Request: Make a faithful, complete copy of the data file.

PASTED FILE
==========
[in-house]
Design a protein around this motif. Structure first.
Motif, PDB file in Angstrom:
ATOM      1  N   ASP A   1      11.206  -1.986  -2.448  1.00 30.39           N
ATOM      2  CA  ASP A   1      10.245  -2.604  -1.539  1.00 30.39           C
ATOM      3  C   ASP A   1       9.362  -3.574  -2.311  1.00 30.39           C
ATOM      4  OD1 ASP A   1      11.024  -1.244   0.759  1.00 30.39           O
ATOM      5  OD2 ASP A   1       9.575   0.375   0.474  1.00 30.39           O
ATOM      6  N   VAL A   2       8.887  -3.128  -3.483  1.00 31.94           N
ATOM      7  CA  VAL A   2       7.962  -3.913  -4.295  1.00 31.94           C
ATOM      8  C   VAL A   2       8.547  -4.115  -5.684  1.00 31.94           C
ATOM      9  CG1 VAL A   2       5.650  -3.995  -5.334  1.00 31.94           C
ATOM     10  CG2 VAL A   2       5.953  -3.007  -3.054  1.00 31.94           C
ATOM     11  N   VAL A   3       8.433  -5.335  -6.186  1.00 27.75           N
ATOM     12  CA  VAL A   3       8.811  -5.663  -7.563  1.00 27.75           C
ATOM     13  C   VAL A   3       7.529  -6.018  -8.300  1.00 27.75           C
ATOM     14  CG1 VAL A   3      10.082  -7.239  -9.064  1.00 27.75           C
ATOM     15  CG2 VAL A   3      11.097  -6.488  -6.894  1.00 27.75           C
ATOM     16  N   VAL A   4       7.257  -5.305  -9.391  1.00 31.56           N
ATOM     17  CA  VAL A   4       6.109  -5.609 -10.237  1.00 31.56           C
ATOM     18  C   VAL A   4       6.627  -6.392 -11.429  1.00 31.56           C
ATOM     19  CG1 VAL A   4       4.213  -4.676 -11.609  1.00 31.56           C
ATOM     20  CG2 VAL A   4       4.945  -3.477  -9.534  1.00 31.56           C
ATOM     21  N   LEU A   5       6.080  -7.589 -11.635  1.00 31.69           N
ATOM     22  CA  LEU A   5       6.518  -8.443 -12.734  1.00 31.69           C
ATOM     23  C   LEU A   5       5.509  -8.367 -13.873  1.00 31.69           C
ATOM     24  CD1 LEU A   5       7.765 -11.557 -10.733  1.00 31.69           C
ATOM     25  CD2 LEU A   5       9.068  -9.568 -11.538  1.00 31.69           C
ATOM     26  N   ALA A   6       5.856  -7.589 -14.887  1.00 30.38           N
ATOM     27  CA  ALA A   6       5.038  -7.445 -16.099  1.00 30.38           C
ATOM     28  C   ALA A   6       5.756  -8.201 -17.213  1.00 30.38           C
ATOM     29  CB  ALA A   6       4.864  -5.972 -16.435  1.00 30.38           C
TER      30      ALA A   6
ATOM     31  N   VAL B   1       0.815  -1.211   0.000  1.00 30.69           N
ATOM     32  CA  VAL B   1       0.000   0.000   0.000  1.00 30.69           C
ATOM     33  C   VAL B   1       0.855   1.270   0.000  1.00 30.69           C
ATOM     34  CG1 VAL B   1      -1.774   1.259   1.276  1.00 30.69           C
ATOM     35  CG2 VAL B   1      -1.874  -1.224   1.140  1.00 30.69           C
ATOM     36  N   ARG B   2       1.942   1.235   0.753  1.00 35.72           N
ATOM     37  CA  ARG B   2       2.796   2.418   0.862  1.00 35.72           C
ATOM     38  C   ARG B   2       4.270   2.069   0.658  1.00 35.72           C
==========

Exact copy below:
[in-house]
Design a protein around this motif. Structure first.
Motif, PDB file in Angstrom:
ATOM      1  N   ASP A   1      11.206  -1.986  -2.448  1.00 30.39           N
ATOM      2  CA  ASP A   1      10.245  -2.604  -1.539  1.00 30.39           C
ATOM      3  C   ASP A   1       9.362  -3.574  -2.311  1.00 30.39           C
ATOM      4  OD1 ASP A   1      11.024  -1.244   0.759  1.00 30.39           O
ATOM      5  OD2 ASP A   1       9.575   0.375   0.474  1.00 30.39           O
ATOM      6  N   VAL A   2       8.887  -3.128  -3.483  1.00 31.94           N
ATOM      7  CA  VAL A   2       7.962  -3.913  -4.295  1.00 31.94           C
ATOM      8  C   VAL A   2       8.547  -4.115  -5.684  1.00 31.94           C
ATOM      9  CG1 VAL A   2       5.650  -3.995  -5.334  1.00 31.94           C
ATOM     10  CG2 VAL A   2       5.953  -3.007  -3.054  1.00 31.94           C
ATOM     11  N   VAL A   3       8.433  -5.335  -6.186  1.00 27.75           N
ATOM     12  CA  VAL A   3       8.811  -5.663  -7.563  1.00 27.75           C
ATOM     13  C   VAL A   3       7.529  -6.018  -8.300  1.00 27.75           C
ATOM     14  CG1 VAL A   3      10.082  -7.239  -9.064  1.00 27.75           C
ATOM     15  CG2 VAL A   3      11.097  -6.488  -6.894  1.00 27.75           C
ATOM     16  N   VAL A   4       7.257  -5.305  -9.391  1.00 31.56           N
ATOM     17  CA  VAL A   4       6.109  -5.609 -10.237  1.00 31.56           C
ATOM     18  C   VAL A   4       6.627  -6.392 -11.429  1.00 31.56           C
ATOM     19  CG1 VAL A   4       4.213  -4.676 -11.609  1.00 31.56           C
ATOM     20  CG2 VAL A   4       4.945  -3.477  -9.534  1.00 31.56           C
ATOM     21  N   LEU A   5       6.080  -7.589 -11.635  1.00 31.69           N
ATOM     22  CA  LEU A   5       6.518  -8.443 -12.734  1.00 31.69           C
ATOM     23  C   LEU A   5       5.509  -8.367 -13.873  1.00 31.69           C
ATOM     24  CD1 LEU A   5       7.765 -11.557 -10.733  1.00 31.69           C
ATOM     25  CD2 LEU A   5       9.068  -9.568 -11.538  1.00 31.69           C
ATOM     26  N   ALA A   6       5.856  -7.589 -14.887  1.00 30.38           N
ATOM     27  CA  ALA A   6       5.038  -7.445 -16.099  1.00 30.38           C
ATOM     28  C   ALA A   6       5.756  -8.201 -17.213  1.00 30.38           C
ATOM     29  CB  ALA A   6       4.864  -5.972 -16.435  1.00 30.38           C
TER      30      ALA A   6
ATOM     31  N   VAL B   1       0.815  -1.211   0.000  1.00 30.69           N
ATOM     32  CA  VAL B   1       0.000   0.000   0.000  1.00 30.69           C
ATOM     33  C   VAL B   1       0.855   1.270   0.000  1.00 30.69           C
ATOM     34  CG1 VAL B   1      -1.774   1.259   1.276  1.00 30.69           C
ATOM     35  CG2 VAL B   1      -1.874  -1.224   1.140  1.00 30.69           C
ATOM     36  N   ARG B   2       1.942   1.235   0.753  1.00 35.72           N
ATOM     37  CA  ARG B   2       2.796   2.418   0.862  1.00 35.72           C
ATOM     38  C   ARG B   2       4.270   2.069   0.658  1.00 35.72           C